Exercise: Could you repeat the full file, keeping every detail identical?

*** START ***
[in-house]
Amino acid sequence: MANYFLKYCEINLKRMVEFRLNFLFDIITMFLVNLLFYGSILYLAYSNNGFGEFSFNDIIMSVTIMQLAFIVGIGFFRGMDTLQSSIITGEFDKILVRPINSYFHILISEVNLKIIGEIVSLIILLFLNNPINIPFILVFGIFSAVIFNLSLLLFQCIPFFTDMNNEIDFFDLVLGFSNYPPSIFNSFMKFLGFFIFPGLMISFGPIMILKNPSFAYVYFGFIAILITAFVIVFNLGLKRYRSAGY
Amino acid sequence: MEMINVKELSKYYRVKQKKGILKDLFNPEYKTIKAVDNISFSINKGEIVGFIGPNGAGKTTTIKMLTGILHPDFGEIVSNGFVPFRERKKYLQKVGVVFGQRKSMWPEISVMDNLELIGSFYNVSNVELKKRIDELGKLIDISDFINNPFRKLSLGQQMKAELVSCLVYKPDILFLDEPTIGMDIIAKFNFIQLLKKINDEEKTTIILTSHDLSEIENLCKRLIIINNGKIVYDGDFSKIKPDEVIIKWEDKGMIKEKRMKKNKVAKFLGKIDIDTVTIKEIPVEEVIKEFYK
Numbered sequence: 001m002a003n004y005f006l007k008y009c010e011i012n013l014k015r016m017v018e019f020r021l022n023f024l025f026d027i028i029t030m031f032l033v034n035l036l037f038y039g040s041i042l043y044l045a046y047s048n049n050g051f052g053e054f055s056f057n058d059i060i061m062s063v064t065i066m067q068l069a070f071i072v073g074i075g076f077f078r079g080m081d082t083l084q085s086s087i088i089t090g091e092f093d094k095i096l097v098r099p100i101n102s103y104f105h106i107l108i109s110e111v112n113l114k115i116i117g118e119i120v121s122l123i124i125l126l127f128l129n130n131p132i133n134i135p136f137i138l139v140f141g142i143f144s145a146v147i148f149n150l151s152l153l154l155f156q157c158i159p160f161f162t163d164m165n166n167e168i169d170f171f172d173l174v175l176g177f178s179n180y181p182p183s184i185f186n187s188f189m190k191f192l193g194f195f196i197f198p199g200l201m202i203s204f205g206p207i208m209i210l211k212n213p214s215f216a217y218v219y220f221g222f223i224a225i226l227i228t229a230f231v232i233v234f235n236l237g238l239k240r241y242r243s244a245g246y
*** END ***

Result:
[in-house]
Amino acid sequence: MANYFLKYCEINLKRMVEFRLNFLFDIITMFLVNLLFYGSILYLAYSNNGFGEFSFNDIIMSVTIMQLAFIVGIGFFRGMDTLQSSIITGEFDKILVRPINSYFHILISEVNLKIIGEIVSLIILLFLNNPINIPFILVFGIFSAVIFNLSLLLFQCIPFFTDMNNEIDFFDLVLGFSNYPPSIFNSFMKFLGFFIFPGLMISFGPIMILKNPSFAYVYFGFIAILITAFVIVFNLGLKRYRSAGY
Amino acid sequence: MEMINVKELSKYYRVKQKKGILKDLFNPEYKTIKAVDNISFSINKGEIVGFIGPNGAGKTTTIKMLTGILHPDFGEIVSNGFVPFRERKKYLQKVGVVFGQRKSMWPEISVMDNLELIGSFYNVSNVELKKRIDELGKLIDISDFINNPFRKLSLGQQMKAELVSCLVYKPDILFLDEPTIGMDIIAKFNFIQLLKKINDEEKTTIILTSHDLSEIENLCKRLIIINNGKIVYDGDFSKIKPDEVIIKWEDKGMIKEKRMKKNKVAKFLGKIDIDTVTIKEIPVEEVIKEFYK
Numbered sequence: 001m002a003n004y005f006l007k008y009c010e011i012n013l014k015r016m017v018e019f020r021l022n023f024l025f026d027i028i029t030m031f032l033v034n035l036l037f038y039g040s041i042l043y044l045a046y047s048n049n050g051f052g053e054f055s056f057n058d059i060i061m062s063v064t065i066m067q068l069a070f071i072v073g074i075g076f077f078r079g080m081d082t083l084q085s086s087i088i089t090g091e092f093d094k095i096l097v098r099p100i101n102s103y104f105h106i107l108i109s110e111v112n113l114k115i116i117g118e119i120v121s122l123i124i125l126l127f128l129n130n131p132i133n134i135p136f137i138l139v140f141g142i143f144s145a146v147i148f149n150l151s152l153l154l155f156q157c158i159p160f161f162t163d164m165n166n167e168i169d170f171f172d173l174v175l176g177f178s179n180y181p182p183s184i185f186n187s188f189m190k191f192l193g194f195f196i197f198p199g200l201m202i203s204f205g206p207i208m209i210l211k212n213p214s215f216a217y218v219y220f221g222f223i224a225i226l227i228t229a230f231v232i233v234f235n236l237g238l239k240r241y242r243s244a245g246y